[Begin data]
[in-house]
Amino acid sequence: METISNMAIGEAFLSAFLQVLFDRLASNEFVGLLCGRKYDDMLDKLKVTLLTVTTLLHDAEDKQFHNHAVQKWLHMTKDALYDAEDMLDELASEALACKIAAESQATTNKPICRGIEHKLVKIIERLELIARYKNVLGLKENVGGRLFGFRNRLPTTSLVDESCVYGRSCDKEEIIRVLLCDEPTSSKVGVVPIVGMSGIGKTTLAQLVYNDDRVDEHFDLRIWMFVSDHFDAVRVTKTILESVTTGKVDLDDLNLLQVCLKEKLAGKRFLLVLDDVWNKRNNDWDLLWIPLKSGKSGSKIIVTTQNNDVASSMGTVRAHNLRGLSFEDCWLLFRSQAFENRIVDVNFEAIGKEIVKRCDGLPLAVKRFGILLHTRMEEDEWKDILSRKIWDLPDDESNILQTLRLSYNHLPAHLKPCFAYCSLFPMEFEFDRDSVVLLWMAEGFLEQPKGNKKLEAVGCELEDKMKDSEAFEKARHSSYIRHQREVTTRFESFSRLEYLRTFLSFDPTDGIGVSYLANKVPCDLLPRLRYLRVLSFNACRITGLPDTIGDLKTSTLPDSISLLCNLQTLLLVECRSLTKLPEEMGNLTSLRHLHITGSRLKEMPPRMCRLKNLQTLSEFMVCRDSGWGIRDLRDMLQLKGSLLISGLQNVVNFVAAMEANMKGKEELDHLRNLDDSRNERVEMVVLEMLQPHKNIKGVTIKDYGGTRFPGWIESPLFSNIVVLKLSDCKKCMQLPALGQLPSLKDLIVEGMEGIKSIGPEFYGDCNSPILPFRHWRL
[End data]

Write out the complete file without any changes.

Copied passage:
[in-house]
Amino acid sequence: METISNMAIGEAFLSAFLQVLFDRLASNEFVGLLCGRKYDDMLDKLKVTLLTVTTLLHDAEDKQFHNHAVQKWLHMTKDALYDAEDMLDELASEALACKIAAESQATTNKPICRGIEHKLVKIIERLELIARYKNVLGLKENVGGRLFGFRNRLPTTSLVDESCVYGRSCDKEEIIRVLLCDEPTSSKVGVVPIVGMSGIGKTTLAQLVYNDDRVDEHFDLRIWMFVSDHFDAVRVTKTILESVTTGKVDLDDLNLLQVCLKEKLAGKRFLLVLDDVWNKRNNDWDLLWIPLKSGKSGSKIIVTTQNNDVASSMGTVRAHNLRGLSFEDCWLLFRSQAFENRIVDVNFEAIGKEIVKRCDGLPLAVKRFGILLHTRMEEDEWKDILSRKIWDLPDDESNILQTLRLSYNHLPAHLKPCFAYCSLFPMEFEFDRDSVVLLWMAEGFLEQPKGNKKLEAVGCELEDKMKDSEAFEKARHSSYIRHQREVTTRFESFSRLEYLRTFLSFDPTDGIGVSYLANKVPCDLLPRLRYLRVLSFNACRITGLPDTIGDLKTSTLPDSISLLCNLQTLLLVECRSLTKLPEEMGNLTSLRHLHITGSRLKEMPPRMCRLKNLQTLSEFMVCRDSGWGIRDLRDMLQLKGSLLISGLQNVVNFVAAMEANMKGKEELDHLRNLDDSRNERVEMVVLEMLQPHKNIKGVTIKDYGGTRFPGWIESPLFSNIVVLKLSDCKKCMQLPALGQLPSLKDLIVEGMEGIKSIGPEFYGDCNSPILPFRHWRL